me the nerdy, chubby kid in high school? Well, this is that person at your first batch reunion in many years. You’d find it hard to believe that this is a Chevrolet Trax, especially since the previous model used to resemble a blob.
Avid readers of our site may say that this is a rebadged Chinese-made Seeker, but this Trax is made in GM’s South Korea plant.
It measures 4,537mm long, 2,035mm wide, and 1,567mm tall, placing it in the compact crossover segment. It’s 51mm wider and 279mm longer than the previous generation. It slots right above the Trailblazer in terms of pricing and size.
It comes in three variants, with the following prices:
- LT – P1,793,888
- Redline – P1,866,888
- RS – P1,948,888
The new model comes in a handful of fun colors, like Black Meet Kettle Metallic, Summit White, Sharkskin Metallic, Jinx Metallic, Tiger Lily Metallic, Retrograde Metallic, Cactus Green, Blue Glow Metallic, and Tripp Metallic. This RS you see here is finished in Ziggy Solid.
Whoever designed this car should get a pat on the back for the impressive utilization of optical illusions.
I fooled many into thinking that this is a Camaro crossover, especially from the front. The side profile is similar to the Ferrari Purosangue with sculpted plastic cladding and two-tone 18-inch wheels wrapped in 225/55-series rubber. The taillights have been pushed far apart, making the body look wider than it actually is.
It looks like a sporty wagon if you squint hard enough, especially with the black roof and the roof rails. I adore the front and the sides, but the rear reminds me of this image when viewed straight on. Give it the Camaro’s or the Corvette’s taillights, Chevy.
Following modern trends, there’s a large black slab angled at the driver. It contains a small eight-inch digital instrument cluster and a vivid 11-inch touchscreen. It has Apple CarPlay and Android Auto support, but I couldn’t get the former to work on my test unit because of a disabled software feature.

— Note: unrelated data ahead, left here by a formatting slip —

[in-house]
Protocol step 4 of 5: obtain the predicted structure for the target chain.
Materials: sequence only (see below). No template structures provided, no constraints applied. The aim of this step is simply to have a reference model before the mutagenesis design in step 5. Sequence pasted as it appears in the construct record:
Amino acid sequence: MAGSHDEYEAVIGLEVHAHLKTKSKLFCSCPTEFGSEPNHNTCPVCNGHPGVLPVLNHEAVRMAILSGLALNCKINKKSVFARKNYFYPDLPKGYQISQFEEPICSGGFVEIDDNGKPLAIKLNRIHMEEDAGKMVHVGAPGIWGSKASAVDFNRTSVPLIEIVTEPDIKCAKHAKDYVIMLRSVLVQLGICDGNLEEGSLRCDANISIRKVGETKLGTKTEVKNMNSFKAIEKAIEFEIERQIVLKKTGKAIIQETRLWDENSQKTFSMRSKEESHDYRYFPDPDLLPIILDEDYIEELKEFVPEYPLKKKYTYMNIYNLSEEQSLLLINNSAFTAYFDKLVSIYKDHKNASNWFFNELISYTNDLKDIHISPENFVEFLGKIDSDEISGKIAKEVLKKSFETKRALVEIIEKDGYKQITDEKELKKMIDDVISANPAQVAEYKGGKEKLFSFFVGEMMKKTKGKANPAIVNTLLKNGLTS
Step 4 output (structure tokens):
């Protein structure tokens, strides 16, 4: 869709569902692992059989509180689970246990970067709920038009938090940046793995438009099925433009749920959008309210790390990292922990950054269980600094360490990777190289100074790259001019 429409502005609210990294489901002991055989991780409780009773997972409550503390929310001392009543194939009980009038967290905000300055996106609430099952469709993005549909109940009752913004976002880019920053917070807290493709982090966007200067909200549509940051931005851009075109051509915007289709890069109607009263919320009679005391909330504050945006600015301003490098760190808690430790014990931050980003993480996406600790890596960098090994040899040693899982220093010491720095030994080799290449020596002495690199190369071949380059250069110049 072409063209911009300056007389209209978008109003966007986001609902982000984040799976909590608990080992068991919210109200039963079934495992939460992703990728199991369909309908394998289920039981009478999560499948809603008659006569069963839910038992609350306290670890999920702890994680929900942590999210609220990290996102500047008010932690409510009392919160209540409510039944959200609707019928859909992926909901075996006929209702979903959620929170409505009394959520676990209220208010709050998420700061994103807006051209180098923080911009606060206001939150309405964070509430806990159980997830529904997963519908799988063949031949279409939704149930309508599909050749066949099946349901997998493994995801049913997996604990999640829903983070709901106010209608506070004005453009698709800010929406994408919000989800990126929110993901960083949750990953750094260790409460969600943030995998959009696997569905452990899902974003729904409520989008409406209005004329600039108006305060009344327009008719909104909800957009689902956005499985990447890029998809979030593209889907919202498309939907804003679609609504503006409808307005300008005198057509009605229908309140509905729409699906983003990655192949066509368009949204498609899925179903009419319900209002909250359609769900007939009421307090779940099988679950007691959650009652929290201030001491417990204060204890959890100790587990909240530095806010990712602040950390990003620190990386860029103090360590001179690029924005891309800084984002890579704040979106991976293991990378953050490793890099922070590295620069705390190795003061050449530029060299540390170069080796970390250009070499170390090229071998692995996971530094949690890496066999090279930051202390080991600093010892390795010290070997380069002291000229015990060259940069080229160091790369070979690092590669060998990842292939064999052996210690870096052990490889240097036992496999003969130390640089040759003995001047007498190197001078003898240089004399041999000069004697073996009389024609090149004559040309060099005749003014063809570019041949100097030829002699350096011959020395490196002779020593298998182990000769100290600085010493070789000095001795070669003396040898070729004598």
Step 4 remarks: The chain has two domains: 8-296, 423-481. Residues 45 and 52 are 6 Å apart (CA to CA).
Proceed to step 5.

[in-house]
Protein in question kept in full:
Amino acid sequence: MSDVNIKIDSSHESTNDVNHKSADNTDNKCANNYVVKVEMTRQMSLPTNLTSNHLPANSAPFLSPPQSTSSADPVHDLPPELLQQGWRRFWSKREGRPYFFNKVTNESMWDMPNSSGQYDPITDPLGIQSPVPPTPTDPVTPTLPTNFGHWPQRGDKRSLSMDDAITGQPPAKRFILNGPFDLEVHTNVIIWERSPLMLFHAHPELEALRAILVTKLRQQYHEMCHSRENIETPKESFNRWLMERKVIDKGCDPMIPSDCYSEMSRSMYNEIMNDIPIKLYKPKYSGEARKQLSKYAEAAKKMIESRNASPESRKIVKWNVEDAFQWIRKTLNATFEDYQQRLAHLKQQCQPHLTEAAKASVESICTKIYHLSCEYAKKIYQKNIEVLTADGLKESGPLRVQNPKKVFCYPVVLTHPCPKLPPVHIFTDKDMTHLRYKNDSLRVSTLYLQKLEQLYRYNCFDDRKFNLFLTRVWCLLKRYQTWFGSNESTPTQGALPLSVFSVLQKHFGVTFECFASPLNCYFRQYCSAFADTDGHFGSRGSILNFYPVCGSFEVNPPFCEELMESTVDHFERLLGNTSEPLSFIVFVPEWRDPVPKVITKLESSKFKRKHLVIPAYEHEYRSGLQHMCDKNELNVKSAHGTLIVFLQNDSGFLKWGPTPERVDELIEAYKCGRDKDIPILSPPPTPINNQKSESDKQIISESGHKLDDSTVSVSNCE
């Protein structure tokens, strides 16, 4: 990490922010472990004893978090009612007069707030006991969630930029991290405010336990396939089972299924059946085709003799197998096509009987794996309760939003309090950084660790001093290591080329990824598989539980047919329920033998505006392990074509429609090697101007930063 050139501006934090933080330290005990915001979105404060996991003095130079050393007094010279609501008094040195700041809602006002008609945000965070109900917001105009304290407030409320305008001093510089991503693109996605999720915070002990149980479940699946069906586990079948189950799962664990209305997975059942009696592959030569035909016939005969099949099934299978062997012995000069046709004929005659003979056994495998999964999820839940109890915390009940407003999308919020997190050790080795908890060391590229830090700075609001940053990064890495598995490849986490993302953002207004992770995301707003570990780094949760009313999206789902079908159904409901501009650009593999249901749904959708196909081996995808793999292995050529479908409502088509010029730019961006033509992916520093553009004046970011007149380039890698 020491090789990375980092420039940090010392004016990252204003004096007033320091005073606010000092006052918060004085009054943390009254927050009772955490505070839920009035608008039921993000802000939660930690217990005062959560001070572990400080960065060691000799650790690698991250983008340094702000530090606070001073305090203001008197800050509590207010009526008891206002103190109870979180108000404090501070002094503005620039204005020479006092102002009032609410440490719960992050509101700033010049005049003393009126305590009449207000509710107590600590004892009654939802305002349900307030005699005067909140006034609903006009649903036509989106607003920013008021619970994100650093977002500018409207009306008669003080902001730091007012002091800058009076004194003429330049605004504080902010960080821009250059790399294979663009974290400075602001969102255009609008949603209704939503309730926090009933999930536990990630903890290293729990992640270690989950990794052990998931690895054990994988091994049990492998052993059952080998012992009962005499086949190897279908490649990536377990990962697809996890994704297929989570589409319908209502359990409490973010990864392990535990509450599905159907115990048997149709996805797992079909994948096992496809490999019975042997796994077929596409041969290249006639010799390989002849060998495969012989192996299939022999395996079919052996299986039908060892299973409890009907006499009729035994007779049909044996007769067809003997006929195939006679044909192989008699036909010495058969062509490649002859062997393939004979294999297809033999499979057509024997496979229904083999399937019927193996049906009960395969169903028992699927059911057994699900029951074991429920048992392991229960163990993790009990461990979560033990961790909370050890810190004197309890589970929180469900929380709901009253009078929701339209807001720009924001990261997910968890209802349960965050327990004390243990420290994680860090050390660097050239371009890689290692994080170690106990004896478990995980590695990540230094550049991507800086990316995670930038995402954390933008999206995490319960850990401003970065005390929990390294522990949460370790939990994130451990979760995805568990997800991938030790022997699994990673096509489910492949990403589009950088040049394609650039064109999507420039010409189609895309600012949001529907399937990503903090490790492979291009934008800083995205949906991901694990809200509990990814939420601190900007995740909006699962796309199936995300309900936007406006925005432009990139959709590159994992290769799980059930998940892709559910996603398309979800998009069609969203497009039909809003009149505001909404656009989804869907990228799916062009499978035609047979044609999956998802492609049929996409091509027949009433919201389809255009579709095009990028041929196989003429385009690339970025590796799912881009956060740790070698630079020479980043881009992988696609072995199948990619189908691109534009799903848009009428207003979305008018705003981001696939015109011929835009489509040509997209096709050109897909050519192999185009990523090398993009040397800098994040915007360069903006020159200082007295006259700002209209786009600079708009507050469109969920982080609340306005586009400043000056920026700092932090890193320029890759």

While it looks great, it doesn’t feel great. The cabin’s high-traffic touch points are slathered in piano-black plastic that was already scuffed in the unit we had.
Most of the matte plastics have an interesting injection-molded pattern on them, but are hard to the touch and also hollow. A shame for this price point, but at least there are no loose panels or creaks unlike some cars from China.
It does have a healthy list of creature comforts, being the top-of-the-line RS variant. An eight-way power adjustable driver seat, a power tailgate, a sunroof, a heated steering wheel, and automatic single-zone climate control.
There’s also a wireless charger, USB-C and USB-A ports, six speakers, an auto-dimming rearview mirror, and Apple CarPlay and Android Auto integration. Oddly, this unit had a bug where only the Android Auto worked, but customer units should not have this problem.
Do note that the media and volume controls on the steering wheel are found at the back, where the paddle shifters would normally be.